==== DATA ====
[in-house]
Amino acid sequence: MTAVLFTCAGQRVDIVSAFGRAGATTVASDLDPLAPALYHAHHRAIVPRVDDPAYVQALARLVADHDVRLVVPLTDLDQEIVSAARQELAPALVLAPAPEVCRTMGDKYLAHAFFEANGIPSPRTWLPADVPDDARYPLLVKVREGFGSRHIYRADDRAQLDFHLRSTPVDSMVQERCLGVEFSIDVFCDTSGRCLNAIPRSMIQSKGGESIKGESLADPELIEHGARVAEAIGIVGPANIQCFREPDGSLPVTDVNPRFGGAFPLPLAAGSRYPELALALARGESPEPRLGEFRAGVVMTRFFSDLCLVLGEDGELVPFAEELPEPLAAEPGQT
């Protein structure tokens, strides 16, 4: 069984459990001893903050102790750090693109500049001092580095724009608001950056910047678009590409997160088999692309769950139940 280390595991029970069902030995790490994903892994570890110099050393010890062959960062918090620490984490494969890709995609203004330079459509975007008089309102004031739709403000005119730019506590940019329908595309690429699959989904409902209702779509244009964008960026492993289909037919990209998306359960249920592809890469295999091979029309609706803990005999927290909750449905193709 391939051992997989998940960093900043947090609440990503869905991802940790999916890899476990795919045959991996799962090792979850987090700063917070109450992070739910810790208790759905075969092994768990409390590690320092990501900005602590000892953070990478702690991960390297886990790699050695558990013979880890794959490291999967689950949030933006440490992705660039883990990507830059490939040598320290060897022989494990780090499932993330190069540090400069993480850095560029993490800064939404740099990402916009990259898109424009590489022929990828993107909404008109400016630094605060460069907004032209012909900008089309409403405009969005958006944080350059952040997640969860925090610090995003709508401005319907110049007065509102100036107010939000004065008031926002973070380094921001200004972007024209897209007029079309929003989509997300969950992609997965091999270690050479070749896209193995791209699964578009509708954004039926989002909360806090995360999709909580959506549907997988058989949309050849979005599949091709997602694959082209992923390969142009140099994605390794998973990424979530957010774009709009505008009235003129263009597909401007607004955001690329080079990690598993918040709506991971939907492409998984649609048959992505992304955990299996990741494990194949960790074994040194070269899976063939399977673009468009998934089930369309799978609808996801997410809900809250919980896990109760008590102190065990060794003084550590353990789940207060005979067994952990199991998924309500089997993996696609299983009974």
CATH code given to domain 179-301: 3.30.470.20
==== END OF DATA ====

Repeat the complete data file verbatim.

[in-house]
Amino acid sequence: MTAVLFTCAGQRVDIVSAFGRAGATTVASDLDPLAPALYHAHHRAIVPRVDDPAYVQALARLVADHDVRLVVPLTDLDQEIVSAARQELAPALVLAPAPEVCRTMGDKYLAHAFFEANGIPSPRTWLPADVPDDARYPLLVKVREGFGSRHIYRADDRAQLDFHLRSTPVDSMVQERCLGVEFSIDVFCDTSGRCLNAIPRSMIQSKGGESIKGESLADPELIEHGARVAEAIGIVGPANIQCFREPDGSLPVTDVNPRFGGAFPLPLAAGSRYPELALALARGESPEPRLGEFRAGVVMTRFFSDLCLVLGEDGELVPFAEELPEPLAAEPGQT
């Protein structure tokens, strides 16, 4: 069984459990001893903050102790750090693109500049001092580095724009608001950056910047678009590409997160088999692309769950139940 280390595991029970069902030995790490994903892994570890110099050393010890062959960062918090620490984490494969890709995609203004330079459509975007008089309102004031739709403000005119730019506590940019329908595309690429699959989904409902209702779509244009964008960026492993289909037919990209998306359960249920592809890469295999091979029309609706803990005999927290909750449905193709 391939051992997989998940960093900043947090609440990503869905991802940790999916890899476990795919045959991996799962090792979850987090700063917070109450992070739910810790208790759905075969092994768990409390590690320092990501900005602590000892953070990478702690991960390297886990790699050695558990013979880890794959490291999967689950949030933006440490992705660039883990990507830059490939040598320290060897022989494990780090499932993330190069540090400069993480850095560029993490800064939404740099990402916009990259898109424009590489022929990828993107909404008109400016630094605060460069907004032209012909900008089309409403405009969005958006944080350059952040997640969860925090610090995003709508401005319907110049007065509102100036107010939000004065008031926002973070380094921001200004972007024209897209007029079309929003989509997300969950992609997965091999270690050479070749896209193995791209699964578009509708954004039926989002909360806090995360999709909580959506549907997988058989949309050849979005599949091709997602694959082209992923390969142009140099994605390794998973990424979530957010774009709009505008009235003129263009597909401007607004955001690329080079990690598993918040709506991971939907492409998984649609048959992505992304955990299996990741494990194949960790074994040194070269899976063939399977673009468009998934089930369309799978609808996801997410809900809250919980896990109760008590102190065990060794003084550590353990789940207060005979067994952990199991998924309500089997993996696609299983009974």
CATH code given to domain 179-301: 3.30.470.20